Perhaps Thomas was NOT a doubter.
Perhaps Thomas was a Show and Tell. Liked tangible evidence for himself
before he passed on something stated to him.
Or perhaps he wanted to see the Risen Lord for himself. Perhaps it was
REALLY HUGE to ask that Jesus would show Himself in the flesh. Kinda
like Moses – asking to be able to “see” God and God answering as best
He could to a human mortal.
then Jesus said “Don’t just look at Me. Touch Me. Handle My hands.”
That was HUGE! It is NOT recorded where any of the other disciples
actually touched Jesus in those early presentations.
The more I have thought about Thomas, the more I believe the
LABEL AS DOUBTER is very wrong.
Something else was going on in his mind. Too bad we don’t know
more about the REAL Thomas.
It isn’t recorded, but perhaps Thomas ACTUALLY gave Jesus a hug.
And Jesus hugged Thomas back.
Remember, Thomas said, “My LORD and my GOD”.
Touching, maybe hugging, GOD!
PS; Perhaps Thomas was a “touchy-feely” type person.
My given name is Thomas. Bible Doctrines in the academy led to fear.
Table talk, gave me hope and courage. Glacier View opened my eyes and my heart. Grace does abide, despite categorical nonsense of a great disappointment created by the folly of Biblical ignorance. The lies of the Whites et al iis as dark as midnight. Just the book of Hebrews is enough to give assurance. Daniel is anticipatory, Hebrews is endorsement of Christ’s Finished work. I can live yes die with that.
Wonderful essay! I was told one time in Sabbath School “You shouldn’t ask those kinds of questions; It could cause doubt!” Well, I wouldn’t have mentioned it if I didn’t have doubts. I believe doubt is okay - certainty can be a form of idolatry, it can foster arrogance and pride and exclusiveness, things which are out of place in our feeble heads. Although I miss Jesus and would really like to see him in the flesh, I’ve become reconciled to having an Invisible Friend. We humans like to have (again) certainty - to see, feel, touch, but God IS near, maybe in a different dimension from what is visible to me. I’ve worn specs since I was 9 years old, and though I love my glasses (now they help hide my wrinkles…) they aren’t the right prescription to see the Holy Spirit in her dimension, YET. It just takes a little imagination, that we aren’t the only ones here, and that what we see isn’t all there is. Read Revelation as brilliant Sci-Fi, especially the last chapter. It helps.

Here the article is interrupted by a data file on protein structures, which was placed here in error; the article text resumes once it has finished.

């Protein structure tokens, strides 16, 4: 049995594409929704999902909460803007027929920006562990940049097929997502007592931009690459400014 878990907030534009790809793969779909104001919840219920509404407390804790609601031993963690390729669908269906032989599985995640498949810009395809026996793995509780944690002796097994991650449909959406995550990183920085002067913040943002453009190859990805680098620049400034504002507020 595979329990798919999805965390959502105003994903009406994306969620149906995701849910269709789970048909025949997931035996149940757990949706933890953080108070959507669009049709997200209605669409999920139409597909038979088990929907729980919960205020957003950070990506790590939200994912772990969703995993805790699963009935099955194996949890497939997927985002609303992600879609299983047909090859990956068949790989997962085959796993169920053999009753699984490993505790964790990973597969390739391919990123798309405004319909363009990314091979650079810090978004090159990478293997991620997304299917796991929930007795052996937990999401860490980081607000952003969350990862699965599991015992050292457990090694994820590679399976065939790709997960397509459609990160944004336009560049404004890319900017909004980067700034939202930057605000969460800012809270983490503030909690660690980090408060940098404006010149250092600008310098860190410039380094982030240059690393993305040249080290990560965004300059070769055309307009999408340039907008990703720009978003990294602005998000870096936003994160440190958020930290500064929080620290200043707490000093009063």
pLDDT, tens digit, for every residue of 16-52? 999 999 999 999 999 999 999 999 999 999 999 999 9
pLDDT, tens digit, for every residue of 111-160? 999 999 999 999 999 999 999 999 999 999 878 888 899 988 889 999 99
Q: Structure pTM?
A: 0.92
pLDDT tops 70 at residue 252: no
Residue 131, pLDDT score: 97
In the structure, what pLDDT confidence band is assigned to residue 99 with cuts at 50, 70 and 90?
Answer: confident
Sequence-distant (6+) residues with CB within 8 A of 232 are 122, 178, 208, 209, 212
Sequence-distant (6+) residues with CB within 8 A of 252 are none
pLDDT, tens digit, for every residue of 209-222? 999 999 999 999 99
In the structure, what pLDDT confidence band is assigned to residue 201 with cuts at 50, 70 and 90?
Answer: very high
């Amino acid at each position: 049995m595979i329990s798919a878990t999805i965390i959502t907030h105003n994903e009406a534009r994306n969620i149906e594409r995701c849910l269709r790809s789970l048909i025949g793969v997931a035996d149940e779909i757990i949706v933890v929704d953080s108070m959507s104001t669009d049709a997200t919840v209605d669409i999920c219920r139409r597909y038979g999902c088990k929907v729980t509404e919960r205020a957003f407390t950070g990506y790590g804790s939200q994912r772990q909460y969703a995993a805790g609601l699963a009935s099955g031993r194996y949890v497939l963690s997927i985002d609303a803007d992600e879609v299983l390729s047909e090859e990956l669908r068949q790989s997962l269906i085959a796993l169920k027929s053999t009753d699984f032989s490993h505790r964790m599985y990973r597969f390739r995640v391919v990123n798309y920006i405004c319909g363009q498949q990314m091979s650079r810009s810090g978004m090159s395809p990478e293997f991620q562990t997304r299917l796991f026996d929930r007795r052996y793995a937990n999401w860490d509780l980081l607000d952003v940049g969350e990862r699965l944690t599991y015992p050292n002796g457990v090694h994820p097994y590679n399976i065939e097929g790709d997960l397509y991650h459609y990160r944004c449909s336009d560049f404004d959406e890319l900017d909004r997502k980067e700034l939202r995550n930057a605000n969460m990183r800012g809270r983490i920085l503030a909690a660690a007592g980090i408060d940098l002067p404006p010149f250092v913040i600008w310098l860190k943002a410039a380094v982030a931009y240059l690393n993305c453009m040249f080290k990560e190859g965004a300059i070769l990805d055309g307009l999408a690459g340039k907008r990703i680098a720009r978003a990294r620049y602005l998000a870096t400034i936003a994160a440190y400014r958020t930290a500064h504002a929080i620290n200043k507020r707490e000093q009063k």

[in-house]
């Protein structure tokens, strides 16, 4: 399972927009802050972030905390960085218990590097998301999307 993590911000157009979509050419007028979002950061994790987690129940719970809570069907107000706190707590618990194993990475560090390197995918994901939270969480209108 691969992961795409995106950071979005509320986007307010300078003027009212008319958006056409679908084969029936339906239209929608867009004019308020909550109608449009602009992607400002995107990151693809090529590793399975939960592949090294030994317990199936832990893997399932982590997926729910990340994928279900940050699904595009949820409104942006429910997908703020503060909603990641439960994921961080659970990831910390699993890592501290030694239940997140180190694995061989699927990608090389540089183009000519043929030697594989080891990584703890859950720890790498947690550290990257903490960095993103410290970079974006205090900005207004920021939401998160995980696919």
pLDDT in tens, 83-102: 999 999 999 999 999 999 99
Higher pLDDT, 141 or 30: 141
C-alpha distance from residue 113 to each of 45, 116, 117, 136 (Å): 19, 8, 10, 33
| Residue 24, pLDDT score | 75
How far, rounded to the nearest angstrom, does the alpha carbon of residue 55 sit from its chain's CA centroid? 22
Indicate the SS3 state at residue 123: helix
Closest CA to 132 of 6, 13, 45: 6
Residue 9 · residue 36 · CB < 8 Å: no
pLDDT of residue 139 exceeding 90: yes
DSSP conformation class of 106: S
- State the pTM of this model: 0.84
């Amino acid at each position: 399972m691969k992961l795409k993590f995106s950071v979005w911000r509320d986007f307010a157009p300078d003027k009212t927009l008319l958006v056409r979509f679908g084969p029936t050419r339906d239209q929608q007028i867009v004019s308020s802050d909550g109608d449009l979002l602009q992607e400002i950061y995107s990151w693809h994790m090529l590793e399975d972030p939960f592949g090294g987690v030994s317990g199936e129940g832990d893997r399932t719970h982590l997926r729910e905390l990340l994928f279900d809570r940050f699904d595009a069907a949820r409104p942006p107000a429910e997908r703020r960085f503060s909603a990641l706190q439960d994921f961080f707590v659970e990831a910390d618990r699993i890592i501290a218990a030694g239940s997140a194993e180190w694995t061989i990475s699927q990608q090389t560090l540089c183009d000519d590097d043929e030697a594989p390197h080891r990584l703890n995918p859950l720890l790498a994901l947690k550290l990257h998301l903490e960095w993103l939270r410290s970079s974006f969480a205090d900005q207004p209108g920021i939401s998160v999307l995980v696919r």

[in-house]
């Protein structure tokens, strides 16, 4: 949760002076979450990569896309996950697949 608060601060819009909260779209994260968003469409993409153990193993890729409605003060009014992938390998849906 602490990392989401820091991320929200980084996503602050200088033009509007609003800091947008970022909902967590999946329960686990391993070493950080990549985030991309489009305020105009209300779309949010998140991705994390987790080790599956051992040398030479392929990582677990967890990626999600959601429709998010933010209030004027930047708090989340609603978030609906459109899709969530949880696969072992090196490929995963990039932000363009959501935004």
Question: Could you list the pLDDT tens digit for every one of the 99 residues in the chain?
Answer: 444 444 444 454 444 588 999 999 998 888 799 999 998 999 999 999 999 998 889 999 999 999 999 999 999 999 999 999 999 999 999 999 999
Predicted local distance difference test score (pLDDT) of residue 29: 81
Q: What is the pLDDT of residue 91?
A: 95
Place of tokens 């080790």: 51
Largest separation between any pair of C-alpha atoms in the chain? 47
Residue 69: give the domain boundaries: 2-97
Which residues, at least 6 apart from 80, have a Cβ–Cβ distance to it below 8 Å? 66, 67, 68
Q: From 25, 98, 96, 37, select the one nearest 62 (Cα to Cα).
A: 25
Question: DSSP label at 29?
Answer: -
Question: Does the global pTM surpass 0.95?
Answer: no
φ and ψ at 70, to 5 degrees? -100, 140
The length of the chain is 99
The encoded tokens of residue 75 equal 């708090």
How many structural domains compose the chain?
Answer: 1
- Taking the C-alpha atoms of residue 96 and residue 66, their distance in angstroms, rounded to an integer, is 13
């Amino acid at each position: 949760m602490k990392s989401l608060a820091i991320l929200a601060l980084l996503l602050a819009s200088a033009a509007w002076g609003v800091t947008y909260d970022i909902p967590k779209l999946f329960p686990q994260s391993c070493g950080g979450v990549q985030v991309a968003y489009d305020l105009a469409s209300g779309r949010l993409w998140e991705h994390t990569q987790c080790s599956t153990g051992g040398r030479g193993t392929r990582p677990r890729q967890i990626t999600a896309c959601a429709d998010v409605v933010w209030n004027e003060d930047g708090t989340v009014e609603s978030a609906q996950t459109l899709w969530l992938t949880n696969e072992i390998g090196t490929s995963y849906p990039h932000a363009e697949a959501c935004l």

I read a sentence recently that still has me pondering. “The opposite of faith is not doubt; it is certainty.” I thought that made perfect sense. As Greg Prout says,
I believe one of the biggest problems in our Seventh-day Adventist fellowship is certainty. We go to Sabbath School classes, Bible studies, evangelistic meetings and church services, not to search mysteries but to confirm our existing beliefs and certainties. And scorn is readily available for the one who expresses uncertainty.
Certainty stifles growth. Certainty breeds pride and arrogance. Certainty is a faith killer because it knows no need to believe across gaps, believe in what can’t be seen, and hold on in spite of doubts.